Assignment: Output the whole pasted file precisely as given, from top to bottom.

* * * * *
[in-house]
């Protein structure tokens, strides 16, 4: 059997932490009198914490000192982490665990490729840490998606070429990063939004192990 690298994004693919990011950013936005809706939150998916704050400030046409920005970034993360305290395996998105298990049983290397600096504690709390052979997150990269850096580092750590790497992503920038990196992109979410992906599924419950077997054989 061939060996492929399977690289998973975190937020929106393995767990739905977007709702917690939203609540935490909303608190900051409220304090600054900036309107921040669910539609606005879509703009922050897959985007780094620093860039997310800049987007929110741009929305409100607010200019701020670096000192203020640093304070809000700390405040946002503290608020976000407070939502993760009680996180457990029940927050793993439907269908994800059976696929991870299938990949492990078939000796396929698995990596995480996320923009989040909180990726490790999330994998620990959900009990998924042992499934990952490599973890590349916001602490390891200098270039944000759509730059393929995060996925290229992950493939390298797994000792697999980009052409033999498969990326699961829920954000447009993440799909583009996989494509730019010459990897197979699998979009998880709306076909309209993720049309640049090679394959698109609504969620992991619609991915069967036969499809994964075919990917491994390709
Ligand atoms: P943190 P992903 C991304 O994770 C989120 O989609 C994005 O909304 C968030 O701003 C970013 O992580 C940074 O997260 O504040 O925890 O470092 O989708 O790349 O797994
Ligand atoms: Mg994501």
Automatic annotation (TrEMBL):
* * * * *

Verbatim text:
[in-house]
């Protein structure tokens, strides 16, 4: 059997932490009198914490000192982490665990490729840490998606070429990063939004192990 690298994004693919990011950013936005809706939150998916704050400030046409920005970034993360305290395996998105298990049983290397600096504690709390052979997150990269850096580092750590790497992503920038990196992109979410992906599924419950077997054989 061939060996492929399977690289998973975190937020929106393995767990739905977007709702917690939203609540935490909303608190900051409220304090600054900036309107921040669910539609606005879509703009922050897959985007780094620093860039997310800049987007929110741009929305409100607010200019701020670096000192203020640093304070809000700390405040946002503290608020976000407070939502993760009680996180457990029940927050793993439907269908994800059976696929991870299938990949492990078939000796396929698995990596995480996320923009989040909180990726490790999330994998620990959900009990998924042992499934990952490599973890590349916001602490390891200098270039944000759509730059393929995060996925290229992950493939390298797994000792697999980009052409033999498969990326699961829920954000447009993440799909583009996989494509730019010459990897197979699998979009998880709306076909309209993720049309640049090679394959698109609504969620992991619609991915069967036969499809994964075919990917491994390709
Ligand atoms: P943190 P992903 C991304 O994770 C989120 O989609 C994005 O909304 C968030 O701003 C970013 O992580 C940074 O997260 O504040 O925890 O470092 O989708 O790349 O797994
Ligand atoms: Mg994501």
Automatic annotation (TrEMBL):